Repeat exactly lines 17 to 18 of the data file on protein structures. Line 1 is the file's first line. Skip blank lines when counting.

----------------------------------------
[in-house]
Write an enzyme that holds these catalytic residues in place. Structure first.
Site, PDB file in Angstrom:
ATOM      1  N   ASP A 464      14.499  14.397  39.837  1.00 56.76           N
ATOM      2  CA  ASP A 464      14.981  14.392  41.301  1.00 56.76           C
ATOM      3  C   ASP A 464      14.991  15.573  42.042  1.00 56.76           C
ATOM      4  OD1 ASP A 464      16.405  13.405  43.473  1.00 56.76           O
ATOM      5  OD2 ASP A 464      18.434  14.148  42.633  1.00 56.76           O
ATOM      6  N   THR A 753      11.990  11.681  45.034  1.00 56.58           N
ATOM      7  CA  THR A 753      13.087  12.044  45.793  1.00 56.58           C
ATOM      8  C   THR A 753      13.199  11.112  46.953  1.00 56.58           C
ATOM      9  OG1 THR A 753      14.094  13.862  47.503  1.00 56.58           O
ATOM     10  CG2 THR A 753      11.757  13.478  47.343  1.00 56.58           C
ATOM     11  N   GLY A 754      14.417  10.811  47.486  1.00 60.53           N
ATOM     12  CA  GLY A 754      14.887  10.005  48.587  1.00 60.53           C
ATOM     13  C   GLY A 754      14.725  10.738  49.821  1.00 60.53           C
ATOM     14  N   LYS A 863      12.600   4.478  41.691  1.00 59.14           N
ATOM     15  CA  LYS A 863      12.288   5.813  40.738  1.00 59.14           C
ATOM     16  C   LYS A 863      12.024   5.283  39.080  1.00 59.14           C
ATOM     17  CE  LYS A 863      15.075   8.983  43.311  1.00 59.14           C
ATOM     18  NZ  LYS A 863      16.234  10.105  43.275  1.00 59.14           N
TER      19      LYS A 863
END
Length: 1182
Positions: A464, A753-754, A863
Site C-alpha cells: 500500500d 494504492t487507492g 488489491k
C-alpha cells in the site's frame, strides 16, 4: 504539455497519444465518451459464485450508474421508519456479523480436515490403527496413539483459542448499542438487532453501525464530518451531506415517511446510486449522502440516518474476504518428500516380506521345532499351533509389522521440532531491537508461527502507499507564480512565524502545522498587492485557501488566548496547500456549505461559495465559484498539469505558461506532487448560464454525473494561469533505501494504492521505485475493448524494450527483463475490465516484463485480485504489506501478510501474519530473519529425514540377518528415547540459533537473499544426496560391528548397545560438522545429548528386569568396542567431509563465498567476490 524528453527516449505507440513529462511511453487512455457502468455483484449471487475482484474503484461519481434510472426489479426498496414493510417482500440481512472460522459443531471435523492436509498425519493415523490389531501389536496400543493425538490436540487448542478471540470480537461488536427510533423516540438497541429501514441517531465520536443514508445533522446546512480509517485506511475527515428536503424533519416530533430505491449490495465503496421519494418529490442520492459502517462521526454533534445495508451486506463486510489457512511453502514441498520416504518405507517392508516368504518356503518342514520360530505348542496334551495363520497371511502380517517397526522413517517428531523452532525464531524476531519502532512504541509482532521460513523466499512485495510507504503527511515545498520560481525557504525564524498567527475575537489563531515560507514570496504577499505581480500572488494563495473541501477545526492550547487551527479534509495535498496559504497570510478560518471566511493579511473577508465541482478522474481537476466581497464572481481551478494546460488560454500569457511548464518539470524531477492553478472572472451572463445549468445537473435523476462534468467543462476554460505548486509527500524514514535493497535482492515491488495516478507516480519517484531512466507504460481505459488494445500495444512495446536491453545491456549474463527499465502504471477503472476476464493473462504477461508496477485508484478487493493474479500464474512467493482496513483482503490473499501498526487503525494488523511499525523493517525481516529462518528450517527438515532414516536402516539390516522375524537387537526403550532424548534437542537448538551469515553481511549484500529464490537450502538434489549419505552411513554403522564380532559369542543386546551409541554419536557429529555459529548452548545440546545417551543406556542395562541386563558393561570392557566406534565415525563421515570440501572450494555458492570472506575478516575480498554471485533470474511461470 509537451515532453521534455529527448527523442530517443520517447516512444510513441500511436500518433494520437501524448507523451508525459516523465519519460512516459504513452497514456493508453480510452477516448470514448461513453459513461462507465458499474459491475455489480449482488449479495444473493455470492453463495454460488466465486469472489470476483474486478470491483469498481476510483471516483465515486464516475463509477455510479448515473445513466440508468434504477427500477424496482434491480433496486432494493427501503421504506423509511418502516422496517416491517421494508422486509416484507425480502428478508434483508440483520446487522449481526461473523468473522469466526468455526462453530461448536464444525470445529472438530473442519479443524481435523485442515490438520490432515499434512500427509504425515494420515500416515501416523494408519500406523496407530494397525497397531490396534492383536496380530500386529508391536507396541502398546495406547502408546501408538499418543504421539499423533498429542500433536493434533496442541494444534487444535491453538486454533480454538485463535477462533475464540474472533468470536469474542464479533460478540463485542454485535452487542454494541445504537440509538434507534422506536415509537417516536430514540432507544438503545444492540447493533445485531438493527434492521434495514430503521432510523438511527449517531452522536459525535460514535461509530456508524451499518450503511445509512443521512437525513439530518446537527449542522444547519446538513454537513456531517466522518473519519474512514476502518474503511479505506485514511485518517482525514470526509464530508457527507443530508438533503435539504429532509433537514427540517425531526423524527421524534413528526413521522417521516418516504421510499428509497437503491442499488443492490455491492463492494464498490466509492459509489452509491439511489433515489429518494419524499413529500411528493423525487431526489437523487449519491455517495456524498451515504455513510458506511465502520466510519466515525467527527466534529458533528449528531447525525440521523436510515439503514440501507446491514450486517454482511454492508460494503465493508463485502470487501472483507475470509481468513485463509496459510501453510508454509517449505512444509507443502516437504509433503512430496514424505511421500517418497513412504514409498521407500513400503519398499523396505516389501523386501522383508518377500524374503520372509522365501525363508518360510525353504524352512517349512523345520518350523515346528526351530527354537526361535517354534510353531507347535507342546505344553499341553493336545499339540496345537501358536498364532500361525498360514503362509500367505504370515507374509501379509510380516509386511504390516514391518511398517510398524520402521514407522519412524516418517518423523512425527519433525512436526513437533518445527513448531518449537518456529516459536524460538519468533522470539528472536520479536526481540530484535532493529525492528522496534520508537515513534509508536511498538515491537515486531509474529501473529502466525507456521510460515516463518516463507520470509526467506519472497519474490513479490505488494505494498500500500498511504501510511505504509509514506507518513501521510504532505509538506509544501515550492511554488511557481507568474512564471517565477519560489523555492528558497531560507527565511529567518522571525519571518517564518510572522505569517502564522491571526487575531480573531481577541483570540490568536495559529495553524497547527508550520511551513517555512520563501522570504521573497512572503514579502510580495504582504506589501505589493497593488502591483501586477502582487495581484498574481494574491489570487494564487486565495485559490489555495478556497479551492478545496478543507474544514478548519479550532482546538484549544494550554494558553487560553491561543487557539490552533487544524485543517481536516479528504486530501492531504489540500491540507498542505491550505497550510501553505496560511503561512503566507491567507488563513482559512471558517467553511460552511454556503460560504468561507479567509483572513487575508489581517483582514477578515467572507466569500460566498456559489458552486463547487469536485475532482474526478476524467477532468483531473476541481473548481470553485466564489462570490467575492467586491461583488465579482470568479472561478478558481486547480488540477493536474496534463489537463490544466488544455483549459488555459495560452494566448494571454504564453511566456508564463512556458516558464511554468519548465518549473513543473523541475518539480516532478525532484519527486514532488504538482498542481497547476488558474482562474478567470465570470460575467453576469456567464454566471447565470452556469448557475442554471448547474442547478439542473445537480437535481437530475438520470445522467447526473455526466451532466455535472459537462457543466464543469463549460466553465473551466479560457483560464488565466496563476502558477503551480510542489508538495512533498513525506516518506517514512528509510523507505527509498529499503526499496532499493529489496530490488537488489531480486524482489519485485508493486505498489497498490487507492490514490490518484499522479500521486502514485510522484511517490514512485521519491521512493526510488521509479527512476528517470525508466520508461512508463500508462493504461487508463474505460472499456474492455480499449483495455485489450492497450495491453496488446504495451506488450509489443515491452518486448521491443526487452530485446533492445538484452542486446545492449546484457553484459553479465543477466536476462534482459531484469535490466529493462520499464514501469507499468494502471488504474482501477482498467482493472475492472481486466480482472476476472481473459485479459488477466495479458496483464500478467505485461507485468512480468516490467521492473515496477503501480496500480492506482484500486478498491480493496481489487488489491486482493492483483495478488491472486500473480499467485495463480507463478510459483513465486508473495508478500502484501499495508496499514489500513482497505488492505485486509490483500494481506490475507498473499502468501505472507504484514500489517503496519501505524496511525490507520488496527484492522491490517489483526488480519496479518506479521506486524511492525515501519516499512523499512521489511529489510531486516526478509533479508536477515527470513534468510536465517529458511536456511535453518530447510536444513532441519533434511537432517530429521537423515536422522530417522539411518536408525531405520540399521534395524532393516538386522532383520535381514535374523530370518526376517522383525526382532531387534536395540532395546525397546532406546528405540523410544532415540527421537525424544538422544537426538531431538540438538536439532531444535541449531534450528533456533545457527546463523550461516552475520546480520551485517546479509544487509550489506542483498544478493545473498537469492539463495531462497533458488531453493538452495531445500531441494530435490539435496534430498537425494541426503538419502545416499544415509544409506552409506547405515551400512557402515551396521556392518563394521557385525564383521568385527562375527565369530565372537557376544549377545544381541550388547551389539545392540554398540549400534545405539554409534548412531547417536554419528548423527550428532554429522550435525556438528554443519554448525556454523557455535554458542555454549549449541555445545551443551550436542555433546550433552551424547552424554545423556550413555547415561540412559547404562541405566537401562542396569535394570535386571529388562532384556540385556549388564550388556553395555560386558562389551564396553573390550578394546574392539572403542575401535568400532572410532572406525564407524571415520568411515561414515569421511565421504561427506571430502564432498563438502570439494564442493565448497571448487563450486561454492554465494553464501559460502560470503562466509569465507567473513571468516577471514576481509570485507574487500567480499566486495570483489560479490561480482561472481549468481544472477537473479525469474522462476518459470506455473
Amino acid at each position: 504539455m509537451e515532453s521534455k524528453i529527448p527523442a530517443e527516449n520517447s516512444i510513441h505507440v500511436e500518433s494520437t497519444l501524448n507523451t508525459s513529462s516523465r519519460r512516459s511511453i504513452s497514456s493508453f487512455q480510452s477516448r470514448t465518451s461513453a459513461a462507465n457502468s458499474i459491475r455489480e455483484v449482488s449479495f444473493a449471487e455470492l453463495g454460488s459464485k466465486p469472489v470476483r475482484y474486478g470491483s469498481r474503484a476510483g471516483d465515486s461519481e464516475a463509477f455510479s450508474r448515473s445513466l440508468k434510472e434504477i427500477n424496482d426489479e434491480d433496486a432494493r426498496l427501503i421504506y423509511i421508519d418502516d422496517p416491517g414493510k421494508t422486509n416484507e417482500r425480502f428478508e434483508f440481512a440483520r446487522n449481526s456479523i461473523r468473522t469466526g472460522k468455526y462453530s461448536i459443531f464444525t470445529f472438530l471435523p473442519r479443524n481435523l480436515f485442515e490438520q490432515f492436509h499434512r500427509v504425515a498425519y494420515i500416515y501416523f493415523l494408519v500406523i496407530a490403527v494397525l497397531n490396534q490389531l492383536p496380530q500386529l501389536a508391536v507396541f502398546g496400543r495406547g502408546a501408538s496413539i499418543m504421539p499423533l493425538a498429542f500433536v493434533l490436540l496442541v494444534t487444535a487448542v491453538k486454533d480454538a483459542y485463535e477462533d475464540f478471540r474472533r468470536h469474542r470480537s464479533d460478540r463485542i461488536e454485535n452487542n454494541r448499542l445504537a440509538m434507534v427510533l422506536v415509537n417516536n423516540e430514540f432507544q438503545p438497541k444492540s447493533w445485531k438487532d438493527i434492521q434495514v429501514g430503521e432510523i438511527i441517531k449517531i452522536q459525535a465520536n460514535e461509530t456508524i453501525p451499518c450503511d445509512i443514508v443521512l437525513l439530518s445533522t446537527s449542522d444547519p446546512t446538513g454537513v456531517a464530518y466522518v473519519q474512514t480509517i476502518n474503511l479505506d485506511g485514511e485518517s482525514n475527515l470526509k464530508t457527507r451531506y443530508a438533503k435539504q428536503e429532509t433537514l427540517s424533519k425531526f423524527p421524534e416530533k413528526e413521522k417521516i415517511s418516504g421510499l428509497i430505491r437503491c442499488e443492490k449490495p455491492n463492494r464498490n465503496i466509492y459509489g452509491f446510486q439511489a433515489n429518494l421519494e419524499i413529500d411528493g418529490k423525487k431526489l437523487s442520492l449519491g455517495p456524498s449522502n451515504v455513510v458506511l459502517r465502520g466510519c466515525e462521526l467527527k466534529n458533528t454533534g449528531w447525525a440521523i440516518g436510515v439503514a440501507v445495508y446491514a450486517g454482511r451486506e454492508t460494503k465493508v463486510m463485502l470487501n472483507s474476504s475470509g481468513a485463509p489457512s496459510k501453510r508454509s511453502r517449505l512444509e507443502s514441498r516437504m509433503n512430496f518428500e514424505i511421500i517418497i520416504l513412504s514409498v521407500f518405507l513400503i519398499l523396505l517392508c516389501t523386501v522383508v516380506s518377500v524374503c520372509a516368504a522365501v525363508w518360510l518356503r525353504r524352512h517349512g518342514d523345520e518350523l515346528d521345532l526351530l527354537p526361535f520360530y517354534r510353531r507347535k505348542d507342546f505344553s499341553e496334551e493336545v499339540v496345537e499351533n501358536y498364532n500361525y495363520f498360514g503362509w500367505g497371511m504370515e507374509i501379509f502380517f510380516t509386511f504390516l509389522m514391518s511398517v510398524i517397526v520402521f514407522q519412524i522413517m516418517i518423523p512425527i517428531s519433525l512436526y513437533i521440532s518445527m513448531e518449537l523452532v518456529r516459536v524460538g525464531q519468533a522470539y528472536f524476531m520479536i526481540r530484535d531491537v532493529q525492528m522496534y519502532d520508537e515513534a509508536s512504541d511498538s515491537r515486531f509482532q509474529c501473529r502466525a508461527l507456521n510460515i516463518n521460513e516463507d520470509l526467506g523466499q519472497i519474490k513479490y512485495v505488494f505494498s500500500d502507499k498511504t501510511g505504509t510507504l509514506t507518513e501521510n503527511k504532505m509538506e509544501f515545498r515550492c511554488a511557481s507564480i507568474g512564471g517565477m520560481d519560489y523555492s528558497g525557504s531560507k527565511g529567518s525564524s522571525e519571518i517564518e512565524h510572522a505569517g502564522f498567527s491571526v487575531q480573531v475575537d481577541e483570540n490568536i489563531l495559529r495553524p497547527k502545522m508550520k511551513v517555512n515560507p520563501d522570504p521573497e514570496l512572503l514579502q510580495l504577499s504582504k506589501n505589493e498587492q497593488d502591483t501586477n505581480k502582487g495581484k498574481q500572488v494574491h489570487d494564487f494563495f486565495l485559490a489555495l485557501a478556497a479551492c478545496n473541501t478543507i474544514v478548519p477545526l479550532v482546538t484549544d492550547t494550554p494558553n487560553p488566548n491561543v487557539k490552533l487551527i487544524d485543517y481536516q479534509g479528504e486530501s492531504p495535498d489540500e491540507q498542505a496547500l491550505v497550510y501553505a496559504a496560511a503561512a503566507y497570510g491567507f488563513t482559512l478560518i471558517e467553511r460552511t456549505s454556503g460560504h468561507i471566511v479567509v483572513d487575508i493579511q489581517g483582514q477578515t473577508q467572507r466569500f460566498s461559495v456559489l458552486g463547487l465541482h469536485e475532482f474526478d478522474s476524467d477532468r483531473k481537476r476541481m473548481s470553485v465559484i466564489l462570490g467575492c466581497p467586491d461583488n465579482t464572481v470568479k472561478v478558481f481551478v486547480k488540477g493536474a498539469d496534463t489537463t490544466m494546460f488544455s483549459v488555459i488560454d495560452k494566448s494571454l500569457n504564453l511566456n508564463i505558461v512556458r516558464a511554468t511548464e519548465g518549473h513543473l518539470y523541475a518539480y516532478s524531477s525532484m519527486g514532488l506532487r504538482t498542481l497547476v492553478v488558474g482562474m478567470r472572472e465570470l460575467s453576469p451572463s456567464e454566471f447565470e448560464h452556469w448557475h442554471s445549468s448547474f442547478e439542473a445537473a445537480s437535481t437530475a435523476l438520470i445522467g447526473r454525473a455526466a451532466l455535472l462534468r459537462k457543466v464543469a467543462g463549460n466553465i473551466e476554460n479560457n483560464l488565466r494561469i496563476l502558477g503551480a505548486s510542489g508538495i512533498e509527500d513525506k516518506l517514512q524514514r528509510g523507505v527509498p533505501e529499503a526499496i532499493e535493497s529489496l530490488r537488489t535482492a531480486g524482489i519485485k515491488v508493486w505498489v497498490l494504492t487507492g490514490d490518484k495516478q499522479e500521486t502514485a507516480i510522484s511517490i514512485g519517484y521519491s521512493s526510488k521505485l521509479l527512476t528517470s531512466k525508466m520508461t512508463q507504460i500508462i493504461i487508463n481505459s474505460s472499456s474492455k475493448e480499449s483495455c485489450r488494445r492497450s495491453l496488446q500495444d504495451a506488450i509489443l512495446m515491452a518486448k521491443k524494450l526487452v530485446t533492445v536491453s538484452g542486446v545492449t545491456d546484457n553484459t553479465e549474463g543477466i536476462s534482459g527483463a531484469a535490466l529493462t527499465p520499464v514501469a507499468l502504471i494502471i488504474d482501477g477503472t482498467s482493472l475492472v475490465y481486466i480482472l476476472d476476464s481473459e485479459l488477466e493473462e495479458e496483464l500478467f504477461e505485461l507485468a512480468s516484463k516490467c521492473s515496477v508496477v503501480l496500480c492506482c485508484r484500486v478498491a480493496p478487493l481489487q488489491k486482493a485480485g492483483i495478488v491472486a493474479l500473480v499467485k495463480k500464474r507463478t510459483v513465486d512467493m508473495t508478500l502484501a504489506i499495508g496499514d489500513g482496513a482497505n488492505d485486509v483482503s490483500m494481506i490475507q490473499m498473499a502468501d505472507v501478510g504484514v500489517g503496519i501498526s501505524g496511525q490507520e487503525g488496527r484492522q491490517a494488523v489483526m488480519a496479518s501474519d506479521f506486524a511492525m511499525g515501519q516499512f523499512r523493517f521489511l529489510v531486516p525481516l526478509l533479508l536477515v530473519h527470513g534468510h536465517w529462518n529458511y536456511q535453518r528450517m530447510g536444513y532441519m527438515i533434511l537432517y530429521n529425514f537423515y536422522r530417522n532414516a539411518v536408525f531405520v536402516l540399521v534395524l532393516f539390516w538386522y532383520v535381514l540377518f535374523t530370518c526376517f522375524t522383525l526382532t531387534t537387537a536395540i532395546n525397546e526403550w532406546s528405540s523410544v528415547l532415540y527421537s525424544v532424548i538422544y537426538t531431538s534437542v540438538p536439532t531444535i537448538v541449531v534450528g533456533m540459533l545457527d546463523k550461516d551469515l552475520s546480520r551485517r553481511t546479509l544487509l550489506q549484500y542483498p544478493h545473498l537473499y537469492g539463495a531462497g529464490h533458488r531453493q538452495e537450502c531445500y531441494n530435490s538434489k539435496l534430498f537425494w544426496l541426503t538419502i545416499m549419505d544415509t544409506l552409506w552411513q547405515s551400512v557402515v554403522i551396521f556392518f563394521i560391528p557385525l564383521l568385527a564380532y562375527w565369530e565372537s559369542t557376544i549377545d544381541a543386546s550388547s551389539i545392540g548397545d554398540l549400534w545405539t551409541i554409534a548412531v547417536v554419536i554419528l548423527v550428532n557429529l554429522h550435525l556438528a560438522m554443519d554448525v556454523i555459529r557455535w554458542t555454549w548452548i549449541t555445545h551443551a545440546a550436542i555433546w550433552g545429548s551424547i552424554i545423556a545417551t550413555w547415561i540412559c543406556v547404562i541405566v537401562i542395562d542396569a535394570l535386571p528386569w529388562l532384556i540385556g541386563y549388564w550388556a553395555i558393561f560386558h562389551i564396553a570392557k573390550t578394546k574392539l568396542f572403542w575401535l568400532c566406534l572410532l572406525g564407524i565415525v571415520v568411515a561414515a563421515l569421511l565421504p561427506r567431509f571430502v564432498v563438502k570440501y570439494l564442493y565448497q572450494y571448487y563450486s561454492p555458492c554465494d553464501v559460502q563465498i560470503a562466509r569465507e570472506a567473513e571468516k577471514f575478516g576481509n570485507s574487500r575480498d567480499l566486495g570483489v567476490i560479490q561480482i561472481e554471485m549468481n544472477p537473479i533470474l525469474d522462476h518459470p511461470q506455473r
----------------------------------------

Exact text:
ATOM     14  N   LYS A 863      12.600   4.478  41.691  1.00 59.14           N
ATOM     15  CA  LYS A 863      12.288   5.813  40.738  1.00 59.14           C